Canadians are mourning the passing of a legend, as former Montreal Canadiens captain Jean Béliveau died at age 83 on Tuesday. 

Béliveau was loved by hockey fans for his 10 Stanley Cups as a player with the Canadiens, but also by those outside the arena for his service to Canada.

"He was the perfect gentleman," said former prime minister Jean Chrétien, who offered Béliveau the office of Governor General in 1994. 

Béliveau rejected it for family reasons, but Chretien always held the Habs great in high regard.

"Aline and I had him [over] for dinner when we discussed the possibility and we were like fans waiting for a star to come to the residence."

Prime Minister Stephen Harper, a hockey historian himself, issued a statement and offered his condolences. 

“Mr. Béliveau will be remembered as a hockey giant who inspired a nation with his outstanding skill, humility and pure love of the game," Harper said.

"His legacy lives on in the records he set, the legions of hockey players that he inspired, and the deep love he shared with his home province of Quebec.”

The Canadiens will have tributes to Béliveau over the next week and team owner Geoff Molson said the iconic figure will always be remembered.

"We're going to give all of our fans an opportunity to celebrate such a great man," Molson said.

Many people took to social media to react to Béliveau's passing.

One of the finest centres who ever played, Béliveau helped lead the Canadiens to an unprecedented five straight Stanley Cups during the 1950s and 1960s over his 20-year career.

Montreal Mayor Denis Coderre summed up the feeling surrounding the passing of the Canadiens legend when he announced that the hockey world and the entire country would be mourning this great loss.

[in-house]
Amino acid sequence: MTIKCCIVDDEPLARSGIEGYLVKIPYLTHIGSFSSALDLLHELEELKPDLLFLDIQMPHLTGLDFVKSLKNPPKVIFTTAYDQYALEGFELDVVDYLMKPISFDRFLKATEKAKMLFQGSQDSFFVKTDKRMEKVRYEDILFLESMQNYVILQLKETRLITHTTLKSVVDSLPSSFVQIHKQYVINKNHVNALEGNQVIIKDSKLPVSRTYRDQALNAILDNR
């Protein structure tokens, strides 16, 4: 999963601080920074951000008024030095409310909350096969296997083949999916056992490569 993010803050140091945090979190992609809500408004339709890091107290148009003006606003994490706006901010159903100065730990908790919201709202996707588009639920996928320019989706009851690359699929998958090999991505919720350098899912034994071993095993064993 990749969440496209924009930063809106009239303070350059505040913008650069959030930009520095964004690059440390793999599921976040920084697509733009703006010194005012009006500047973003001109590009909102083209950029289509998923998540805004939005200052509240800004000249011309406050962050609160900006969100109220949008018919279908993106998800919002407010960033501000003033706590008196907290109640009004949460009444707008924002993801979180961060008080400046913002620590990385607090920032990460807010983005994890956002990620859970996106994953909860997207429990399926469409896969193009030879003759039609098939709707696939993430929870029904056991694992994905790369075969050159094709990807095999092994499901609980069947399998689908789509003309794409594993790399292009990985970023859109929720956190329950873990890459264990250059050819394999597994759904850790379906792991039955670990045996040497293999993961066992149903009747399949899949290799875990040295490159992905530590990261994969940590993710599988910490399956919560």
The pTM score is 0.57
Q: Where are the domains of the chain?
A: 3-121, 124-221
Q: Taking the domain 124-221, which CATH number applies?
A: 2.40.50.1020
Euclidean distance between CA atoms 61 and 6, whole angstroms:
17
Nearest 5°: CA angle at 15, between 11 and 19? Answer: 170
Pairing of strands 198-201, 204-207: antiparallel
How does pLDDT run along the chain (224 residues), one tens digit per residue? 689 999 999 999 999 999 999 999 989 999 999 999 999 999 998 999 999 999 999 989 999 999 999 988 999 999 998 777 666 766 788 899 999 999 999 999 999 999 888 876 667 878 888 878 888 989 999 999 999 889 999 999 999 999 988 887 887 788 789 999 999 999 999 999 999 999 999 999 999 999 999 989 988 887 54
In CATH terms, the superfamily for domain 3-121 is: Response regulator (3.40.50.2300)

Flags will be lowered to honour Béliveau. 


Record books can't do Béliveau justice, said NHL commissioner Gary Bettman. 

"No record book can capture, no image can depict, no statue can convey the grandeur of the remarkable Jean Béliveau, whose elegance and skill on the ice earned the admiration of the hockey world while his humility and humanity away from the rink earned the love of fans everywhere," Bettman said in a statement. 

The NHL put together a video tribute in the wake of the news. 


Prime Minister Stephen Harper called him a 'true legend.'


Former and current Montreal Canadiens players were quick to respond with condolences, and mentioned what a role model No. 4 always was within the organization. 


Players around the league were praising the legend too.

Canadian athletes outside of the NHL also had fond memories of the 10-time Stanley Cup winner. 


The NDP leader, who represents Outremount, was the first of the federal leaders to pay tribute